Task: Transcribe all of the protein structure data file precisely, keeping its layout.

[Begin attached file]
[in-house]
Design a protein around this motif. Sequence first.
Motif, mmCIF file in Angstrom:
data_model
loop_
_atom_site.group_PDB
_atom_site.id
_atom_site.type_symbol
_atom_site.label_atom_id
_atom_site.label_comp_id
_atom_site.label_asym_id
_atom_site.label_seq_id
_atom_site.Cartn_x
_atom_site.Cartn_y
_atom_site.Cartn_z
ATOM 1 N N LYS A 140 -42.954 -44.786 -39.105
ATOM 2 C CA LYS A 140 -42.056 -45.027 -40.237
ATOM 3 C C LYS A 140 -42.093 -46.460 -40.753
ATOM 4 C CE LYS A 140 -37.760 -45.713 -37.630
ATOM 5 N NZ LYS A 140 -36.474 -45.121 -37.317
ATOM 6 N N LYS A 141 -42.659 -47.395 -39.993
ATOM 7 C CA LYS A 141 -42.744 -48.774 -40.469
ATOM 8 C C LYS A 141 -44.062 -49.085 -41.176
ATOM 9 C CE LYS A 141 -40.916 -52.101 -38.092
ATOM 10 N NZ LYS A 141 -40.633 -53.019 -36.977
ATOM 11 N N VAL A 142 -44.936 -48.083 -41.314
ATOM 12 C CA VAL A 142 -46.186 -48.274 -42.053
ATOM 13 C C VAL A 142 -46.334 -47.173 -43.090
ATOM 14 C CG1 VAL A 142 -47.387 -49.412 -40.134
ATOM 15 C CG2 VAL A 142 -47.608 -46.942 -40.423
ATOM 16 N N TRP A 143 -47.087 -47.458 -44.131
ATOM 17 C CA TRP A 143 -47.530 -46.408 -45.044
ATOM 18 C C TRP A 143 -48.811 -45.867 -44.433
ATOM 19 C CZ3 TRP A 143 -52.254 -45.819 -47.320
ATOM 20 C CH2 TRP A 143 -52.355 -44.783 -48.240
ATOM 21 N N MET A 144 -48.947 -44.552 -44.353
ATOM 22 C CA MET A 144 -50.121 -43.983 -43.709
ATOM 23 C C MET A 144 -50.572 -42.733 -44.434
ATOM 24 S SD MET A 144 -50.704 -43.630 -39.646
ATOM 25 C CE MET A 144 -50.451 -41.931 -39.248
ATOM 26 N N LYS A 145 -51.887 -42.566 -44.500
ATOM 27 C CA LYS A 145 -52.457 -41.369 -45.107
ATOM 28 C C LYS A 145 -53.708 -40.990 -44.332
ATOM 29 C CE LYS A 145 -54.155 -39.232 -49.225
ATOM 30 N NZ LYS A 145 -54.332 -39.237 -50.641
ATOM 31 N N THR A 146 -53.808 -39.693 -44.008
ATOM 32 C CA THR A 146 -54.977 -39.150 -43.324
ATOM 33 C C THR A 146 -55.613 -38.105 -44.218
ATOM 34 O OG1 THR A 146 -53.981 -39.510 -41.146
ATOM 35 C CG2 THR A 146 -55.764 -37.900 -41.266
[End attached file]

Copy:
[in-house]
Design a protein around this motif. Sequence first.
Motif, mmCIF file in Angstrom:
data_model
loop_
_atom_site.group_PDB
_atom_site.id
_atom_site.type_symbol
_atom_site.label_atom_id
_atom_site.label_comp_id
_atom_site.label_asym_id
_atom_site.label_seq_id
_atom_site.Cartn_x
_atom_site.Cartn_y
_atom_site.Cartn_z
ATOM 1 N N LYS A 140 -42.954 -44.786 -39.105
ATOM 2 C CA LYS A 140 -42.056 -45.027 -40.237
ATOM 3 C C LYS A 140 -42.093 -46.460 -40.753
ATOM 4 C CE LYS A 140 -37.760 -45.713 -37.630
ATOM 5 N NZ LYS A 140 -36.474 -45.121 -37.317
ATOM 6 N N LYS A 141 -42.659 -47.395 -39.993
ATOM 7 C CA LYS A 141 -42.744 -48.774 -40.469
ATOM 8 C C LYS A 141 -44.062 -49.085 -41.176
ATOM 9 C CE LYS A 141 -40.916 -52.101 -38.092
ATOM 10 N NZ LYS A 141 -40.633 -53.019 -36.977
ATOM 11 N N VAL A 142 -44.936 -48.083 -41.314
ATOM 12 C CA VAL A 142 -46.186 -48.274 -42.053
ATOM 13 C C VAL A 142 -46.334 -47.173 -43.090
ATOM 14 C CG1 VAL A 142 -47.387 -49.412 -40.134
ATOM 15 C CG2 VAL A 142 -47.608 -46.942 -40.423
ATOM 16 N N TRP A 143 -47.087 -47.458 -44.131
ATOM 17 C CA TRP A 143 -47.530 -46.408 -45.044
ATOM 18 C C TRP A 143 -48.811 -45.867 -44.433
ATOM 19 C CZ3 TRP A 143 -52.254 -45.819 -47.320
ATOM 20 C CH2 TRP A 143 -52.355 -44.783 -48.240
ATOM 21 N N MET A 144 -48.947 -44.552 -44.353
ATOM 22 C CA MET A 144 -50.121 -43.983 -43.709
ATOM 23 C C MET A 144 -50.572 -42.733 -44.434
ATOM 24 S SD MET A 144 -50.704 -43.630 -39.646
ATOM 25 C CE MET A 144 -50.451 -41.931 -39.248
ATOM 26 N N LYS A 145 -51.887 -42.566 -44.500
ATOM 27 C CA LYS A 145 -52.457 -41.369 -45.107
ATOM 28 C C LYS A 145 -53.708 -40.990 -44.332
ATOM 29 C CE LYS A 145 -54.155 -39.232 -49.225
ATOM 30 N NZ LYS A 145 -54.332 -39.237 -50.641
ATOM 31 N N THR A 146 -53.808 -39.693 -44.008
ATOM 32 C CA THR A 146 -54.977 -39.150 -43.324
ATOM 33 C C THR A 146 -55.613 -38.105 -44.218
ATOM 34 O OG1 THR A 146 -53.981 -39.510 -41.146
ATOM 35 C CG2 THR A 146 -55.764 -37.900 -41.266